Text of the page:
You're probably really confused right now so I shall explain.
In Hungary, you speak Hungarian. Duh, I know. In France you speak French, in Spain, you speak Spanish, out of the three languages two share an alphabet and are rooted in Latin. Can you guess which two? Hungarian is certainly not one of the two, so it made communicating in Hungarian difficult and unlike anything I have experience before.
We used hand gestures, my cheat sheet, the words we learned from our tour guide and a map. We definitely were those three American's who stopped abruptly at corners and looked up at the street signs with squished faces that blatantly showed our confusion.
Feeling helpless and a little tonta (dumb) was a good thing though because it made me realize how lucky I am to know English and Spanish, two dominant languages. I also realized how self-absorbed the United States can be when it comes to speaking English and having things catered to us. It's nice to know that no matter where I go English will be underneath the native languages word, but it's not nice at the same time because you aren't challenged or forced to speak a different language. While on this trip I realized just how grateful I am for knowing two different languages. When I heard Spanish in France, I was comforted. Same for when I was in Budapest. In fact, when I came back to Madrid and all I heard was Spanish, I felt myself give a sigh of relief because I was home. Home, in a place where I still have trouble communicating but know that me being self-conscious and feeling a little slow is a good thing because it means I care.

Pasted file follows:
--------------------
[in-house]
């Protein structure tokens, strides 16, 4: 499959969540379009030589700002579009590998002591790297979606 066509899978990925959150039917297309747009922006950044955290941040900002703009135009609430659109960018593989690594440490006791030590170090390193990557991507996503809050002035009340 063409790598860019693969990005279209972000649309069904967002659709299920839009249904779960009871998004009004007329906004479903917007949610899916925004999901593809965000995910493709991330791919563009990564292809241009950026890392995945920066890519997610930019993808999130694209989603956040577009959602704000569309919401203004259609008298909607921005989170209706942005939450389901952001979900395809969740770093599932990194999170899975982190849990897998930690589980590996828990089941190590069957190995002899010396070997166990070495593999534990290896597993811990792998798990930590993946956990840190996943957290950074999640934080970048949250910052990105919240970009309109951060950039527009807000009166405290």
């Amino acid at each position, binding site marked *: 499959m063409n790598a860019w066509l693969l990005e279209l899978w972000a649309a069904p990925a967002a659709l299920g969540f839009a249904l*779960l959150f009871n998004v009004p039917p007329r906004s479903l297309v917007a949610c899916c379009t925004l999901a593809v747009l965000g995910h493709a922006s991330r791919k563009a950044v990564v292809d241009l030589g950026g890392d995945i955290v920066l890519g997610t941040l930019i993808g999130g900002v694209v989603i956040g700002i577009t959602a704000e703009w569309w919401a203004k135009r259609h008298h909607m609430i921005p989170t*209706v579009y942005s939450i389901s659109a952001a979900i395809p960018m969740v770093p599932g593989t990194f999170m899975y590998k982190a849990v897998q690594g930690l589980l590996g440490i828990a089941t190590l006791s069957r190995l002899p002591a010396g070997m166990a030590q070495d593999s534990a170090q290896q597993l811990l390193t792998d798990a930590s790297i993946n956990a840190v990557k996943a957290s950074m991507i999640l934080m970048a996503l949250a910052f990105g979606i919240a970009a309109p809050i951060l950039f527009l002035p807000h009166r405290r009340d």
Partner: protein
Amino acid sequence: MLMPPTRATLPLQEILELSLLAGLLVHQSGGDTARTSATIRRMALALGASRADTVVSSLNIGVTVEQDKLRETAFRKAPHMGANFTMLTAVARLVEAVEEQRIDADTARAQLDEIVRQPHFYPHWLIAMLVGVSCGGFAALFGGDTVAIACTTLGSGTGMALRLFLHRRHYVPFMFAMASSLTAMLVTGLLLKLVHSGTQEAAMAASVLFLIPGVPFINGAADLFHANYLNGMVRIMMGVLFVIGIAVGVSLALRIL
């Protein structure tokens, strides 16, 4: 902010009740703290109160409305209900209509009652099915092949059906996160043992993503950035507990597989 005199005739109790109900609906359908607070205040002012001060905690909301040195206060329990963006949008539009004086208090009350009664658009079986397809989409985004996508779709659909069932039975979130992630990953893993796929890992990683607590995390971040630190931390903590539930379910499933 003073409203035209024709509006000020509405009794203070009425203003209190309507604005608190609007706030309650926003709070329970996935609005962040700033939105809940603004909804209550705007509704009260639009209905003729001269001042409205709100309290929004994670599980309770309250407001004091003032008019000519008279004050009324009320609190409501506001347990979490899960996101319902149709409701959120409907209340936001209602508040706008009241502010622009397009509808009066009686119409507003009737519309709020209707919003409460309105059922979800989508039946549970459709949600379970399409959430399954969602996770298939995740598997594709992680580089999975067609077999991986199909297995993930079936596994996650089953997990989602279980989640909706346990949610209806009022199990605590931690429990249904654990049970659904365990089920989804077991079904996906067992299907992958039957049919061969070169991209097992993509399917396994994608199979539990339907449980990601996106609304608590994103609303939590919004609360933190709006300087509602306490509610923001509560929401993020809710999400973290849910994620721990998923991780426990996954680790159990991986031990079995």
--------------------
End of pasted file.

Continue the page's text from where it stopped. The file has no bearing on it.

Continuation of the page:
So, the next time you're in a foreign country where you don't speak the language remember how thankful you are for knowing one in which a large population of the world is beginning to learn when they start grade school. And once you realize you are thankful, take a step out of your comfort zone and try speaking their language. You never know how far you may get, that's what I do everyday here in Madrid. I guess I'm challenging you, world.